The New York Jets wide receiver is picking up the college tuition tabs of 100 Cleveland high school students, according to The Washington Post. Edwards is keeping a promise he made to the students in the “Advance 100” program in 2008, when they were in the eighth grade. The former Cleveland Brown, in an apparent reference to LeBron James, tweeted over the weekend, "As the 2nd most hated man in Clev & a man of my word, today I will honor a promise made to 100 students in Cleveland years ago." Edwards’ arrangement with the students required each to complete 15 hours of community service and maintain a 3.5 GPA, in addition to demonstrating good conduct and avoiding unexcused absences. The students' tuitions are estimated to cost about $1 million.
The Egyptian Coptic Christian and vice president of the Muslim Brotherhood’s Freedom and Justice Party says it's impossible to separate religion from state in Egypt. In an interview with TheDailyNewsEgypt.com, he also accused former President Hosni Mubarak’s regime of " 'hijacking' and exploiting Copts to fight against the Islamic movement in the political arena," the website said. A researcher of Islamist movements, Habib writes about the relationship between politics and religion in his book, “Political Christianity in Egypt.” He further said, "The gap and rivalry between Copts and the Islamic movement in general is an unnatural phenomenon, and if it continues it will represent a danger to society.”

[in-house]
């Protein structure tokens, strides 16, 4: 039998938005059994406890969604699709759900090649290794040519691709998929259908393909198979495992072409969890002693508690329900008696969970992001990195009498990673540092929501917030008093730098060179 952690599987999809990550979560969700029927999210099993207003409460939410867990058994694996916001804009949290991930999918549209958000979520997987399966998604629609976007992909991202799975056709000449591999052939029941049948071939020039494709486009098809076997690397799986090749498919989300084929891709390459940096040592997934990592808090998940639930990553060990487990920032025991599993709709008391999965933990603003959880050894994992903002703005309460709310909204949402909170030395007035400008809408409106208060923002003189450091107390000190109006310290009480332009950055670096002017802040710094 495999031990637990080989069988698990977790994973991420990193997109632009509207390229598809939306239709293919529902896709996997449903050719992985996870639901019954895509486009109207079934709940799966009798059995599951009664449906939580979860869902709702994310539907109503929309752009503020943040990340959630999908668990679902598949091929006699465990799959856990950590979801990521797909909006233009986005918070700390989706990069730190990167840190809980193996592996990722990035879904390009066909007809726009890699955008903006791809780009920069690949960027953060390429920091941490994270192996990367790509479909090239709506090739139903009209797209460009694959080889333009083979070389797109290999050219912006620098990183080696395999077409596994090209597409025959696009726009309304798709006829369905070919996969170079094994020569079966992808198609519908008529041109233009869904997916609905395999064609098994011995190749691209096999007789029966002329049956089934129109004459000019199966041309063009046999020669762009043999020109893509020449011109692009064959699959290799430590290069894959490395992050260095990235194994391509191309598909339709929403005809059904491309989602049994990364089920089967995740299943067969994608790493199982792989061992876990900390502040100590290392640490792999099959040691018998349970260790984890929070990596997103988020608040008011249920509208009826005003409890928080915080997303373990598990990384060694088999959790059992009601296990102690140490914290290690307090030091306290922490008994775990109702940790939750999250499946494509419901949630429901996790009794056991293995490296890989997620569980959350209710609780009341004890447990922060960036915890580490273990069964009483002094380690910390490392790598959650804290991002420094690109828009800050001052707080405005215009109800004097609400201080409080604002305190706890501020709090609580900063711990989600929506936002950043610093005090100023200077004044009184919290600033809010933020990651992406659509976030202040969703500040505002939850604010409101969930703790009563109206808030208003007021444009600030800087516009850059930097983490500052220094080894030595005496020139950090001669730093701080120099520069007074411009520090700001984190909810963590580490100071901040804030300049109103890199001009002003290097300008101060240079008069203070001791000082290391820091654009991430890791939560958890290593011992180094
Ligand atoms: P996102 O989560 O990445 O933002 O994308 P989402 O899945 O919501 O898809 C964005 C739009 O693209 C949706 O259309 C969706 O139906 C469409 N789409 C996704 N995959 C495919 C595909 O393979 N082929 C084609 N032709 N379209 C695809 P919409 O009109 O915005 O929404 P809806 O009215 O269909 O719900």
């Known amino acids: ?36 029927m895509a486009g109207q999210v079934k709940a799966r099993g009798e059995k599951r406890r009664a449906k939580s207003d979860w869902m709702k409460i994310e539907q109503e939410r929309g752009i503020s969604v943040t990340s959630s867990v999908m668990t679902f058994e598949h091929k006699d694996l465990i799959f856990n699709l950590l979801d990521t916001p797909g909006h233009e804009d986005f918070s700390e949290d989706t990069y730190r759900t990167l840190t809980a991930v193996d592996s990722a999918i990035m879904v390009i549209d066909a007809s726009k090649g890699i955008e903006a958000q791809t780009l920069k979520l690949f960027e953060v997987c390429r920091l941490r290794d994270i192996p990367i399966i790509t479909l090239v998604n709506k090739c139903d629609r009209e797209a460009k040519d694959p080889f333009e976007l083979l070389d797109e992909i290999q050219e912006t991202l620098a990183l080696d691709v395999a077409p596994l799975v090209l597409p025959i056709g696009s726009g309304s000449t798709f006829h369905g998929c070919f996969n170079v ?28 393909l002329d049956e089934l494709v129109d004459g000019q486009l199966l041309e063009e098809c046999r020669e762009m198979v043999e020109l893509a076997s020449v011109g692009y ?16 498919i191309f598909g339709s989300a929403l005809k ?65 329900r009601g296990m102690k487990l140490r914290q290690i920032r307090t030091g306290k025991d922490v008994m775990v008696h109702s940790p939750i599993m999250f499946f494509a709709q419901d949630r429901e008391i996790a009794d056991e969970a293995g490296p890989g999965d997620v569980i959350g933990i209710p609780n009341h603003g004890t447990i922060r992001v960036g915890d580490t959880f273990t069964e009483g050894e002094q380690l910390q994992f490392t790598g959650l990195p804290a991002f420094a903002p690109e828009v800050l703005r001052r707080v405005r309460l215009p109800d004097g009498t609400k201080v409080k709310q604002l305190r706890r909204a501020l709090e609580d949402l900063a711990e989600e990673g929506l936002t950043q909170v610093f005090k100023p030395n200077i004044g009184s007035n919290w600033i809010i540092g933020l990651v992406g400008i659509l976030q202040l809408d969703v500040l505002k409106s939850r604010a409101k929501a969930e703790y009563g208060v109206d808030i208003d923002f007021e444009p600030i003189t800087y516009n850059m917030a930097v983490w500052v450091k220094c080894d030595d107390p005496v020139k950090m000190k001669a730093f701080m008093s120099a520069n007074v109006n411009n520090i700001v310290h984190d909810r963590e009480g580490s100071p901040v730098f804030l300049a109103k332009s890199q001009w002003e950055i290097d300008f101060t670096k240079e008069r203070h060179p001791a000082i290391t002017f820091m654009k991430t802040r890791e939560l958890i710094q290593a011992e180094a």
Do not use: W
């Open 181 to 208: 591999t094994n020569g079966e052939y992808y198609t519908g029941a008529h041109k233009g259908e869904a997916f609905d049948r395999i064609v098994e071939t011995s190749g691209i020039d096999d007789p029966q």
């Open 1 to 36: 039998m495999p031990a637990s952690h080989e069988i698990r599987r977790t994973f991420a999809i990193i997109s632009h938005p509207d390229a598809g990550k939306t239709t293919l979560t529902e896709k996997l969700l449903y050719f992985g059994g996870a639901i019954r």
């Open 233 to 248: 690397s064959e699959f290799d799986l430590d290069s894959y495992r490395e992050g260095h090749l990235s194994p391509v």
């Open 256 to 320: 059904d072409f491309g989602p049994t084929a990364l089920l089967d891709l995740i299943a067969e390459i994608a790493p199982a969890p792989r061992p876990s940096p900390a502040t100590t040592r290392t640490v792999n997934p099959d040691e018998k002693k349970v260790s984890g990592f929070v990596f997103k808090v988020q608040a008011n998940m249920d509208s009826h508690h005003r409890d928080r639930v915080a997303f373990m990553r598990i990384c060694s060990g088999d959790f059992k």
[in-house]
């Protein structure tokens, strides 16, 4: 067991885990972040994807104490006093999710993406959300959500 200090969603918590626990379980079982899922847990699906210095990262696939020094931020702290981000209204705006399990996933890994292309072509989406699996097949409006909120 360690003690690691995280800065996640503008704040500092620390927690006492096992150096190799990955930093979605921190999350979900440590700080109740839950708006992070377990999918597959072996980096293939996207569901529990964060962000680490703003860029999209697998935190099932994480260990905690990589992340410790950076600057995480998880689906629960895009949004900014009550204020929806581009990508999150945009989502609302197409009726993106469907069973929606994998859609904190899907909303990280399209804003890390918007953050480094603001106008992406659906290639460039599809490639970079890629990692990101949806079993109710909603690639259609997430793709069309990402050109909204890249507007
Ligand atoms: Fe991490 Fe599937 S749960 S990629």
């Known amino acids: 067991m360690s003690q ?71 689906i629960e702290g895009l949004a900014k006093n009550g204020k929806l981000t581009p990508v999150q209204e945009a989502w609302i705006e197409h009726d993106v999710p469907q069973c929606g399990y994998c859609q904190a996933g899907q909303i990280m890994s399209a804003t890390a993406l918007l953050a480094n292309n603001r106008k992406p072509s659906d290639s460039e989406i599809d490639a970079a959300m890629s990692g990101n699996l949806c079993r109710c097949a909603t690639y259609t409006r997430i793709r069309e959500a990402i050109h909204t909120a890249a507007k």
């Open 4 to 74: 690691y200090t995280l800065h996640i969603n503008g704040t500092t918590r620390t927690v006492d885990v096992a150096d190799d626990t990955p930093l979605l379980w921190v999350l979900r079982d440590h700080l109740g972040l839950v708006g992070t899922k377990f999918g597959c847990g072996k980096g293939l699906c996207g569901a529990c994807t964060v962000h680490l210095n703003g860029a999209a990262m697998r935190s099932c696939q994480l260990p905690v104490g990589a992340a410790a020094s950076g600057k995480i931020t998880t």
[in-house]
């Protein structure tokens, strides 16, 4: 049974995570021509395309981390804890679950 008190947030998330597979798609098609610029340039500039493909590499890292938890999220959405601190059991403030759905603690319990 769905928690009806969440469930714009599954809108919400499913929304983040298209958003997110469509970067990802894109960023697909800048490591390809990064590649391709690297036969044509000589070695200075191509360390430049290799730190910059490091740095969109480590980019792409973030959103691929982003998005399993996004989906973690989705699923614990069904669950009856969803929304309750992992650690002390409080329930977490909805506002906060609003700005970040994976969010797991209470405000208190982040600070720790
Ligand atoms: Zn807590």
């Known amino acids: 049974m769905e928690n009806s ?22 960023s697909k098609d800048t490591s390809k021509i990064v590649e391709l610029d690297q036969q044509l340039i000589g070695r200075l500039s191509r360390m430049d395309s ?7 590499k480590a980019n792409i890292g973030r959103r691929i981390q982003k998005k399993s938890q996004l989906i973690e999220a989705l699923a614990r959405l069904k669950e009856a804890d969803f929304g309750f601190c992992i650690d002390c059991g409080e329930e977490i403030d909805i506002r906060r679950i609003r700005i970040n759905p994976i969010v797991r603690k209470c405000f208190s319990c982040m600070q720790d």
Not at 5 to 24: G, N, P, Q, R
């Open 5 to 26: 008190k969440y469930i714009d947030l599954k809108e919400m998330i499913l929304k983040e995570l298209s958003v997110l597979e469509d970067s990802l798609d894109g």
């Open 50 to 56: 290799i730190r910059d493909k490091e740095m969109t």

The former Newsweek correspondent who spent 118 days in Iran’s Evin Prison after a June 2009 arrest talks about his experiences in his book, “Then They Came for Me.” Bahari, who covered Iran for Newsweek for more than 10 years, was accused by Iranian officials of being a spy for the CIA as well as for Israel and Great Britain. He was tortured during his incarceration, NPR reported. He was released on bail on October 17, 2009. In the book, Bahari recounts the morning when members of Iran’s Revolutionary Guard came to his mother’s home: “I, like most Iranians, knew of far too many people — writers, reformists, activists — who had been woken up like this, and then taken somewhere and murdered. I thought of my father, my sister, each arrested and imprisoned by previous regimes. I thought of my mother, who had been forced to live through all this twice before. I could hear my mother's voice in the kitchen, and my fear was joined by an overwhelming sense of guilt. How could my mother go through this again? Why hadn't I been more careful? Why hadn't I left Iran sooner?”